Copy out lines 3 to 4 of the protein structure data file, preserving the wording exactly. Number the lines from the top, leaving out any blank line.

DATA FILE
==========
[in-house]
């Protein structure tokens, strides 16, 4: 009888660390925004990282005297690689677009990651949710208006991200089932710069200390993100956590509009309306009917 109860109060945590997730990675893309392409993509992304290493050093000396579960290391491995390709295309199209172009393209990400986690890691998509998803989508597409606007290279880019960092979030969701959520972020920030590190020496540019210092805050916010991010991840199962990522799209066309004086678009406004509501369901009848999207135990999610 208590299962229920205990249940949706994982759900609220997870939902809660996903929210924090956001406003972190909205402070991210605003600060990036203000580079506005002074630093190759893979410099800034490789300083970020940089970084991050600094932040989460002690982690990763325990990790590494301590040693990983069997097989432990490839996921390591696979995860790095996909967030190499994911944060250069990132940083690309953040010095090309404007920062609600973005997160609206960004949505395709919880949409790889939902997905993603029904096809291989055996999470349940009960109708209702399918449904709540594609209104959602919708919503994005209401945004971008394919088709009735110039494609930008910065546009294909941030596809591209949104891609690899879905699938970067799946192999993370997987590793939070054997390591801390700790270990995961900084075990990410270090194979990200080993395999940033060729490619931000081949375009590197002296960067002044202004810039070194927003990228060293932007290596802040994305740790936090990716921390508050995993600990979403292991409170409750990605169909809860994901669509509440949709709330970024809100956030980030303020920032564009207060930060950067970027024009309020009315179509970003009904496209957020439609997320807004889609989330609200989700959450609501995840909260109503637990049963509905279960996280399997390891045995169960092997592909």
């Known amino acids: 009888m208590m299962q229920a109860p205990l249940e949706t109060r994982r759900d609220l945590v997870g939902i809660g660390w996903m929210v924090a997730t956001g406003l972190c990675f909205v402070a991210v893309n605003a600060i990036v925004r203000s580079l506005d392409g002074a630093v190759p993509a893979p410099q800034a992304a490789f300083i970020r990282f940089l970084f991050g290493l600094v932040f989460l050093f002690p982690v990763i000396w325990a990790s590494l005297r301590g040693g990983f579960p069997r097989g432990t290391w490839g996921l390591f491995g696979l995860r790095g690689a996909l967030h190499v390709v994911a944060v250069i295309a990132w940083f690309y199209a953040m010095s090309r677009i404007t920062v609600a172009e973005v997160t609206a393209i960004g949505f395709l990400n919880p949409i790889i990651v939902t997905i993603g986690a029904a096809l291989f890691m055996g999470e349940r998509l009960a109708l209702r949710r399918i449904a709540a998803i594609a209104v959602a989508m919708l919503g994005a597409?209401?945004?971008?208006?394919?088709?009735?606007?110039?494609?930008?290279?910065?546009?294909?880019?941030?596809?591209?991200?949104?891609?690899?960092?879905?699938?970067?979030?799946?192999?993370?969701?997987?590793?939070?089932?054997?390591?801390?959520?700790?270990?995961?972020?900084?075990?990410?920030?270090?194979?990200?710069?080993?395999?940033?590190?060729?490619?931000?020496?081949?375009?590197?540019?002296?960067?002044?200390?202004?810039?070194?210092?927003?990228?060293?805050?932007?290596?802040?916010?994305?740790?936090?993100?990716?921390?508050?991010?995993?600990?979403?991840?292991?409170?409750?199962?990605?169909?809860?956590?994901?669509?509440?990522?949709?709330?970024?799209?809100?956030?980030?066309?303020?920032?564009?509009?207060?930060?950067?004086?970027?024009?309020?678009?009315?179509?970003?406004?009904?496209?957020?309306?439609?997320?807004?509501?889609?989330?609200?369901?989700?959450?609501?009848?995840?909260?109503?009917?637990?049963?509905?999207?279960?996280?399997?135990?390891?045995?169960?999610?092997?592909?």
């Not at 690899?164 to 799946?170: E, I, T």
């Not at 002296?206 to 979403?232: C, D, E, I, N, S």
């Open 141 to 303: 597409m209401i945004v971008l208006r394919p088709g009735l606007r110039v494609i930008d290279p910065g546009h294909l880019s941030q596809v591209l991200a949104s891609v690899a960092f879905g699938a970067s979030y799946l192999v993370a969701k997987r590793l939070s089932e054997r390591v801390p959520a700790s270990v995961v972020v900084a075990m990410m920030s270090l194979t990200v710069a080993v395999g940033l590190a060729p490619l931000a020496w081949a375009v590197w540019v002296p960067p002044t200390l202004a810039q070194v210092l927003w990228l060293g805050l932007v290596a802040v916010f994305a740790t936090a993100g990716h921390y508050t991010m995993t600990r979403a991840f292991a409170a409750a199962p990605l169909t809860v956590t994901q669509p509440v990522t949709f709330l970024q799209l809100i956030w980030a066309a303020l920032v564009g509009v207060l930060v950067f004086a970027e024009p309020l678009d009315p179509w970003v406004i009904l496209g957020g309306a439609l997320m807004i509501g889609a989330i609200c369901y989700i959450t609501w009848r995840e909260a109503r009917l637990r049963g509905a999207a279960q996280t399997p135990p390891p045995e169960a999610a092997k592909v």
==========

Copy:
């Known amino acids: 009888m208590m299962q229920a109860p205990l249940e949706t109060r994982r759900d609220l945590v997870g939902i809660g660390w996903m929210v924090a997730t956001g406003l972190c990675f909205v402070a991210v893309n605003a600060i990036v925004r203000s580079l506005d392409g002074a630093v190759p993509a893979p410099q800034a992304a490789f300083i970020r990282f940089l970084f991050g290493l600094v932040f989460l050093f002690p982690v990763i000396w325990a990790s590494l005297r301590g040693g990983f579960p069997r097989g432990t290391w490839g996921l390591f491995g696979l995860r790095g690689a996909l967030h190499v390709v994911a944060v250069i295309a990132w940083f690309y199209a953040m010095s090309r677009i404007t920062v609600a172009e973005v997160t609206a393209i960004g949505f395709l990400n919880p949409i790889i990651v939902t997905i993603g986690a029904a096809l291989f890691m055996g999470e349940r998509l009960a109708l209702r949710r399918i449904a709540a998803i594609a209104v959602a989508m919708l919503g994005a597409?209401?945004?971008?208006?394919?088709?009735?606007?110039?494609?930008?290279?910065?546009?294909?880019?941030?596809?591209?991200?949104?891609?690899?960092?879905?699938?970067?979030?799946?192999?993370?969701?997987?590793?939070?089932?054997?390591?801390?959520?700790?270990?995961?972020?900084?075990?990410?920030?270090?194979?990200?710069?080993?395999?940033?590190?060729?490619?931000?020496?081949?375009?590197?540019?002296?960067?002044?200390?202004?810039?070194?210092?927003?990228?060293?805050?932007?290596?802040?916010?994305?740790?936090?993100?990716?921390?508050?991010?995993?600990?979403?991840?292991?409170?409750?199962?990605?169909?809860?956590?994901?669509?509440?990522?949709?709330?970024?799209?809100?956030?980030?066309?303020?920032?564009?509009?207060?930060?950067?004086?970027?024009?309020?678009?009315?179509?970003?406004?009904?496209?957020?309306?439609?997320?807004?509501?889609?989330?609200?369901?989700?959450?609501?009848?995840?909260?109503?009917?637990?049963?509905?999207?279960?996280?399997?135990?390891?045995?169960?999610?092997?592909?």
């Not at 690899?164 to 799946?170: E, I, T």